If a proton and an electron are released when they are 2.0 \times 10^{- 10}m

enfurezca3x 2021-11-23 Answered
If a proton and an electron are released when they are \(\displaystyle{2.0}\times{10}^{{-{10}}}{m}\) apart (a typical atomic distance), find the initial acceleration of each particle.

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Expert Answer

Louis Gregory
Answered 2021-11-24 Author has 8862 answers

Step 1
Given
We are given the distance between a proton and an electron \(\displaystyle{r}={2.0}\times{10}^{{-{10}}}{m}\). We are asked to calculate initial acceleration of each particle.
Solution
The two particles have an opposite charge, therefore each one exerts a force F on the other particle. This force could be calculated by the Coulomb's law as in equalion 21.2
\(F=\frac{1}{4\pi\epsilon_{0}}\frac{\mid q_{p}q_{e}\mid}{r^{2}}\)
Where \(\displaystyle\epsilon_{{{0}}}\) is the electric constant and the term \(\displaystyle{\frac{{{1}}}{{{4}\pi\epsilon_{{{0}}}}}}\) equals \(\displaystyle{9.0}\times{10}^{{{9}}}{N}\cdot\frac{{m}^{{{2}}}}{{C}^{{{2}}}}\). \(\displaystyle{q}_{{{p}}}\) is the charge of proton and equals \(\displaystyle{1.60}\times{10}^{{-{19}}}{C}\) and \(\displaystyle{q}_{{{e}}}\), is the charge of electron and equals \(\displaystyle{1.60}\times{10}^{{-{19}}}{C}\) (See Appendix F)
To obtain the initial acceleration a of the two particles we should get the force that exerted on the proton and the electron. Where the acceleration a is given by Newton's second law in the form.
\(\displaystyle{a}={\frac{{{F}}}{{{m}}}}\)
Where m is the mass of the particle, and for proton \(\displaystyle{m}_{{{p}}}={1.67}\times{10}^{{-{19}}}{k}{g}\) while for electron \(\displaystyle{m}_{{{e}}}={9.11}\times{10}^{{-{31}}}{k}{g}\) (See Appendix F)
Now we can plug our values tor \(\displaystyle{g}_{{{p}}}\), \(\displaystyle{g}_{{{e}}}\) and \(\displaystyle\tau\) into equation (1) to get F
\(F=\frac{1}{4\pi\epsilon_{0}}\frac{\mid q_{p}q_{e}\mid}{r^{2}}\)
\(\displaystyle={\left({9.0}\times{10}^{{{9}}}{N}\cdot\frac{{m}^{{{2}}}}{{C}^{{{2}}}}\right)}{\frac{{{\left({1.60}\times{10}^{{-{19}}}{C}\right)}^{{{2}}}}}{{{\left({2.0}\times{10}^{{-{10}}}{m}\right)}^{{{2}}}}}}\)
\(\displaystyle={5.76}\times{10}^{{-{9}}}{N}\)
Step 2
Now, use equation (2) to get the acceleration a for each particle using the value of F.
For proton: We can plug our values for F and \(\displaystyle{m}_{{{p}}}\) into equation (2) to get the initial acceleration a of the proton
\(\displaystyle{a}_{{{p}}}={\frac{{{F}}}{{{m}_{{{p}}}}}}={\frac{{{5.76}\times{10}^{{-{9}}}{N}}}{{{1.673}\times{10}^{{-{27}}}{k}{g}}}}={3.4}\times{10}^{{{18}}}\frac{{m}}{{s}^{{{2}}}}\)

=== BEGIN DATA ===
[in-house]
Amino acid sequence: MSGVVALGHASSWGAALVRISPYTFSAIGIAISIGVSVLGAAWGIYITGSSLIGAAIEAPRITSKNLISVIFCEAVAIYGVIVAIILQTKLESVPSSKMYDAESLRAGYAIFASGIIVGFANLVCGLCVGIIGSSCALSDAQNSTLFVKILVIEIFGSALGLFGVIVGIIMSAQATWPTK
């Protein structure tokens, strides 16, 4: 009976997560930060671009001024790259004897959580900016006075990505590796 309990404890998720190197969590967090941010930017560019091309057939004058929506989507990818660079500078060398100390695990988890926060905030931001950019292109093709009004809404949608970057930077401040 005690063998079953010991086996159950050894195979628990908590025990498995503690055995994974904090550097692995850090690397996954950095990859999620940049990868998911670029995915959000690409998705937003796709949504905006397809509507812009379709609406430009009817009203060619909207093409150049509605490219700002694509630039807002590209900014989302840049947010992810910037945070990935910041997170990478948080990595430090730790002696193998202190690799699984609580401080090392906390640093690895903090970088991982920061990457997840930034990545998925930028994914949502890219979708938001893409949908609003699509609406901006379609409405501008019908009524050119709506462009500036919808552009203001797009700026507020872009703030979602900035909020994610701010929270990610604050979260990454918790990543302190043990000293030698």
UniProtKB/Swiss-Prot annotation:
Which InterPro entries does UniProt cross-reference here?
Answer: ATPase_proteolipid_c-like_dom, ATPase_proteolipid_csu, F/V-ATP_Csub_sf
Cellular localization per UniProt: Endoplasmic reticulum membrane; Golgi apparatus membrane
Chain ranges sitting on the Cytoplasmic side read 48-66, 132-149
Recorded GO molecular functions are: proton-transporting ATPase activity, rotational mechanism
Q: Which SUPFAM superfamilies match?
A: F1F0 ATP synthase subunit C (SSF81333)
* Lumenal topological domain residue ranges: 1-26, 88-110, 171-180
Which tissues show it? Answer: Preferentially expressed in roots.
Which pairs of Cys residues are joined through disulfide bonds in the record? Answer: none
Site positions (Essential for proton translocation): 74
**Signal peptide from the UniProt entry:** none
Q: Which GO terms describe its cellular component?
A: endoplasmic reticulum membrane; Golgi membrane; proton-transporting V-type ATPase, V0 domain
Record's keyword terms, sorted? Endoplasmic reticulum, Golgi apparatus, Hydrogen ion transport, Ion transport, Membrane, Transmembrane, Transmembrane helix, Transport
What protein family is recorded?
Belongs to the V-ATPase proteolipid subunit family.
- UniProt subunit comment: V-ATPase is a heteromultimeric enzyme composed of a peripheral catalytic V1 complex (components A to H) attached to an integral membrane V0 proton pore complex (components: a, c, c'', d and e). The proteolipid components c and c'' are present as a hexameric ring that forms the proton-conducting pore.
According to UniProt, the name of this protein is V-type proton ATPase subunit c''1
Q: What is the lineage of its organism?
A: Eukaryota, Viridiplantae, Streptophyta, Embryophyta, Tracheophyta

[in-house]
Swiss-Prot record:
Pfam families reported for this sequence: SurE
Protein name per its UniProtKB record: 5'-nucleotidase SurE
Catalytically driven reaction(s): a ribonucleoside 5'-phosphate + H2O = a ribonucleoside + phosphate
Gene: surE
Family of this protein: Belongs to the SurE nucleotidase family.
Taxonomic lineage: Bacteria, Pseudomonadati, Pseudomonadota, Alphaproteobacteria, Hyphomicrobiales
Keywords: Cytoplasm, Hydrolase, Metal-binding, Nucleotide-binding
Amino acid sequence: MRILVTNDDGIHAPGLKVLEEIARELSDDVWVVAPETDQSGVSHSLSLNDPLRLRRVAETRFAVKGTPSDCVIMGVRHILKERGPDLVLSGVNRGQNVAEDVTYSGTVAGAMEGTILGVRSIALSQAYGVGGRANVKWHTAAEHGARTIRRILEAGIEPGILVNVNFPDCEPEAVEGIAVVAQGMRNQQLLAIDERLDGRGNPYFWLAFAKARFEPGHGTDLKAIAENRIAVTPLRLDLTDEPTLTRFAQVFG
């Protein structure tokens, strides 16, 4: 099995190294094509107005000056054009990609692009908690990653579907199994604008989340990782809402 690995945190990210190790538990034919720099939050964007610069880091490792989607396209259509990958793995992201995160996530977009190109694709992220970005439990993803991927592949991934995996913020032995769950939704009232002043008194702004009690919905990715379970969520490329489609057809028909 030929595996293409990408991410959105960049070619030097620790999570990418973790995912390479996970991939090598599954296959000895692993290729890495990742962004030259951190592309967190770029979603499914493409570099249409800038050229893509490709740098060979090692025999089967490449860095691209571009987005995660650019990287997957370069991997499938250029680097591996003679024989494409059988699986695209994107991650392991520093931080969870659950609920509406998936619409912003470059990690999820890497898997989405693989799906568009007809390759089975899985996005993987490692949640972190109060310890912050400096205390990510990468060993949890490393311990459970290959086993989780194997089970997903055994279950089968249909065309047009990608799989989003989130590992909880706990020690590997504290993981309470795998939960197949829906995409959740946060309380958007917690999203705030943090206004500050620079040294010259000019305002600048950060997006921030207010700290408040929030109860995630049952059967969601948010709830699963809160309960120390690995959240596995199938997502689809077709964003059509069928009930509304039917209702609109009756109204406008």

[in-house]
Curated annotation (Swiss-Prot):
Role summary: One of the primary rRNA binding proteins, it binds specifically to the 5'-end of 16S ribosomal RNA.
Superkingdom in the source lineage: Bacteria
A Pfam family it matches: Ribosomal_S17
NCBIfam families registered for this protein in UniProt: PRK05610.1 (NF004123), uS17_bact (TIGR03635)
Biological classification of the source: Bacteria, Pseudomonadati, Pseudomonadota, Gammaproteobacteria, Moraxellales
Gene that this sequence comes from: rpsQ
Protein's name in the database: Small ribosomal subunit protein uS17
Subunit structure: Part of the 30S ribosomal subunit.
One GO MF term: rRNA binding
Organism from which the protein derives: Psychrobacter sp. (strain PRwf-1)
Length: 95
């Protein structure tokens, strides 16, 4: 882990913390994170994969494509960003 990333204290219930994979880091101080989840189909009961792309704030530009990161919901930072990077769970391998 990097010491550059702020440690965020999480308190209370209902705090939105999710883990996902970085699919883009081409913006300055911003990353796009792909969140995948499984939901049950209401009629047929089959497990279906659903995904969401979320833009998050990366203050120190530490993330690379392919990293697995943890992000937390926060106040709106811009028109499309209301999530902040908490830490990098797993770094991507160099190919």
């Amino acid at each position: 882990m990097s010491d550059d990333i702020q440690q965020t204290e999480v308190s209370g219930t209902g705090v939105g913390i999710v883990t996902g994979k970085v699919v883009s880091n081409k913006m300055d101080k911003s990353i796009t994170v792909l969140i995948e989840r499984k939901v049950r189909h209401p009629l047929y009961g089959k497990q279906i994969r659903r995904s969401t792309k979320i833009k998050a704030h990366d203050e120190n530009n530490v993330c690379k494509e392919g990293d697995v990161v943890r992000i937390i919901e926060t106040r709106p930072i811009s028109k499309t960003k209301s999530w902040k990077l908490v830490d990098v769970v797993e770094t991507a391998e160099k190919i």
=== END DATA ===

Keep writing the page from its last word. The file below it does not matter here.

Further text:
For electron Again plug our values for F and \(\displaystyle{m}_{{{n}}}\), into equation (2) to gel the initial acceleration a of the electron
\(\displaystyle{a}_{{{e}}}={\frac{{{F}}}{{{m}_{{{p}}}}}}={\frac{{{5.76}\times{10}^{{-{9}}}{N}}}{{{9.109}\times{10}^{{-{31}}}{k}{g}}}}={6.3}\times{10}^{{{21}}}\frac{{m}}{{s}^{{{2}}}}\)

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Ourst1977
Answered 2021-11-25 Author has 7293 answers

image
Proton
\(\displaystyle{m}_{{{p}}}={1.63}\times{10}^{{-{27}}}{k}{g}\)
\(\displaystyle{q}_{{{p}}}={e}={1.602}\times{10}^{{-{19}}}{C}\)
Electron
\(\displaystyle{m}_{{{p}}}={9.109}\times{10}^{{-{31}}}{k}{g}\)
\(\displaystyle{q}_{{{p}}}=-{e}=-{1.602}\times{10}^{{-{19}}}{C}\)
Since the charges are opposite, the Coulon b fuse is attractive.
\(F=\frac{1}{4\pi\epsilon_{0}}\frac{\mid q_{p}q_{e}\mid}{r^{2}}=\left(8.988\times10^{9}\frac{Nm^{2}}{c^{2}}\right)\frac{\left(1.602\times10^{-19}C\right)^{2}}{\left(2.0\times10^{-10}m\right)^{2}}=5.766709788\times 10^{-9}\)
From Newtois Second Law, \(\displaystyle{F}={m}{a}\Rightarrow{a}={\frac{{{F}}}{{{m}}}}\)
\(\displaystyle\therefore\) acceleration of Proton:
\(\displaystyle{a}_{{{p}}}={\frac{{{F}}}{{{m}_{{{p}}}}}}={\frac{{{5.766709788}\times{10}^{{-{9}}}{N}}}{{{1.673}\times{10}^{{-{27}}}{k}{g}}}}={3.4469}\times{10}^{{{18}}}{\frac{{{m}}}{{{v}^{{{2}}}}}}\)
\(\displaystyle\therefore{a}_{{{p}}}={3.4}\times{10}^{{{18}}}{\frac{{{m}}}{{{v}^{{{2}}}}}}\)
acceleration of electron:
\(\displaystyle{a}_{{{e}}}={\frac{{{F}}}{{{m}_{{{e}}}}}}={\frac{{{5.766709788}\times{10}^{{-{9}}}{N}}}{{{9.109}\times{10}^{{-{31}}}{k}{g}}}}={6.33078}\times{10}^{{{27}}}{\frac{{{m}}}{{{v}^{{{2}}}}}}\)
\(\displaystyle\therefore{a}_{{{p}}}={6.3}\times{10}^{{{18}}}{\frac{{{m}}}{{{v}^{{{2}}}}}}\)

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